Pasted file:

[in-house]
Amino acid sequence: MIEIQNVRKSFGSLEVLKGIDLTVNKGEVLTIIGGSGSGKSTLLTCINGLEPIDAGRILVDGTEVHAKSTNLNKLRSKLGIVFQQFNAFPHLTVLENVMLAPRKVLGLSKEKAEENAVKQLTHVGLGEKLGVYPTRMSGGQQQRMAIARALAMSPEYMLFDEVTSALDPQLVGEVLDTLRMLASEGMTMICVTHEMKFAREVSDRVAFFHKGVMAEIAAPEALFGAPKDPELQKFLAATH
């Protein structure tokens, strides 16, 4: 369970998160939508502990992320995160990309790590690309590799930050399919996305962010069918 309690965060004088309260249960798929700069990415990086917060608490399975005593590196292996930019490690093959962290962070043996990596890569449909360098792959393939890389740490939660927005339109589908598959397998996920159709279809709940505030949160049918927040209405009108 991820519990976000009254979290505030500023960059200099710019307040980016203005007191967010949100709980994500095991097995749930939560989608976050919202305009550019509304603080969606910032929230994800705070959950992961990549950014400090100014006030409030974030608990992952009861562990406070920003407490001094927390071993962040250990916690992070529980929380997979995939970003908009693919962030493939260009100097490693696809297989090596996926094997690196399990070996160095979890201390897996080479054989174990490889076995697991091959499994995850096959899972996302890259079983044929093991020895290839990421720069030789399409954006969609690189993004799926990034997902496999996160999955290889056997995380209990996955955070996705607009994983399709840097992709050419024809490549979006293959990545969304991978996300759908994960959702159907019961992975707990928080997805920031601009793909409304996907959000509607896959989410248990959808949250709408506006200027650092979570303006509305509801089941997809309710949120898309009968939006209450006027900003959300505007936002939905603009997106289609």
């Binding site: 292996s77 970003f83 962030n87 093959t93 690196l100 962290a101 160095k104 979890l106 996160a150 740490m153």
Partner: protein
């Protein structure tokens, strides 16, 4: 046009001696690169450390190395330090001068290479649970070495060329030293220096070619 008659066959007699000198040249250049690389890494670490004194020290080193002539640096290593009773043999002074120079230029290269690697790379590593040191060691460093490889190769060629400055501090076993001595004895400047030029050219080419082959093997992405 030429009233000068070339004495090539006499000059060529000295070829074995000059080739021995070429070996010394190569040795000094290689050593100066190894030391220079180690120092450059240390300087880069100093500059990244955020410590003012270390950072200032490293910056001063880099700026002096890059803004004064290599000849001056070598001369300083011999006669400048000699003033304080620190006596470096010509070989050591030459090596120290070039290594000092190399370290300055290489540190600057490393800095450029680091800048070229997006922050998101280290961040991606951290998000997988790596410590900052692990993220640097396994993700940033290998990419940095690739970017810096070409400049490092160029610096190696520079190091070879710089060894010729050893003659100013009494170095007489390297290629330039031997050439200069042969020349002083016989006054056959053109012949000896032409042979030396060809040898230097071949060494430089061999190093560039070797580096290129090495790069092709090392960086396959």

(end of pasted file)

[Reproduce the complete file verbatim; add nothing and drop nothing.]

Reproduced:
[in-house]
Amino acid sequence: MIEIQNVRKSFGSLEVLKGIDLTVNKGEVLTIIGGSGSGKSTLLTCINGLEPIDAGRILVDGTEVHAKSTNLNKLRSKLGIVFQQFNAFPHLTVLENVMLAPRKVLGLSKEKAEENAVKQLTHVGLGEKLGVYPTRMSGGQQQRMAIARALAMSPEYMLFDEVTSALDPQLVGEVLDTLRMLASEGMTMICVTHEMKFAREVSDRVAFFHKGVMAEIAAPEALFGAPKDPELQKFLAATH
């Protein structure tokens, strides 16, 4: 369970998160939508502990992320995160990309790590690309590799930050399919996305962010069918 309690965060004088309260249960798929700069990415990086917060608490399975005593590196292996930019490690093959962290962070043996990596890569449909360098792959393939890389740490939660927005339109589908598959397998996920159709279809709940505030949160049918927040209405009108 991820519990976000009254979290505030500023960059200099710019307040980016203005007191967010949100709980994500095991097995749930939560989608976050919202305009550019509304603080969606910032929230994800705070959950992961990549950014400090100014006030409030974030608990992952009861562990406070920003407490001094927390071993962040250990916690992070529980929380997979995939970003908009693919962030493939260009100097490693696809297989090596996926094997690196399990070996160095979890201390897996080479054989174990490889076995697991091959499994995850096959899972996302890259079983044929093991020895290839990421720069030789399409954006969609690189993004799926990034997902496999996160999955290889056997995380209990996955955070996705607009994983399709840097992709050419024809490549979006293959990545969304991978996300759908994960959702159907019961992975707990928080997805920031601009793909409304996907959000509607896959989410248990959808949250709408506006200027650092979570303006509305509801089941997809309710949120898309009968939006209450006027900003959300505007936002939905603009997106289609």
């Binding site: 292996s77 970003f83 962030n87 093959t93 690196l100 962290a101 160095k104 979890l106 996160a150 740490m153």
Partner: protein
């Protein structure tokens, strides 16, 4: 046009001696690169450390190395330090001068290479649970070495060329030293220096070619 008659066959007699000198040249250049690389890494670490004194020290080193002539640096290593009773043999002074120079230029290269690697790379590593040191060691460093490889190769060629400055501090076993001595004895400047030029050219080419082959093997992405 030429009233000068070339004495090539006499000059060529000295070829074995000059080739021995070429070996010394190569040795000094290689050593100066190894030391220079180690120092450059240390300087880069100093500059990244955020410590003012270390950072200032490293910056001063880099700026002096890059803004004064290599000849001056070598001369300083011999006669400048000699003033304080620190006596470096010509070989050591030459090596120290070039290594000092190399370290300055290489540190600057490393800095450029680091800048070229997006922050998101280290961040991606951290998000997988790596410590900052692990993220640097396994993700940033290998990419940095690739970017810096070409400049490092160029610096190696520079190091070879710089060894010729050893003659100013009494170095007489390297290629330039031997050439200069042969020349002083016989006054056959053109012949000896032409042979030396060809040898230097071949060494430089061999190093560039070797580096290129090495790069092709090392960086396959």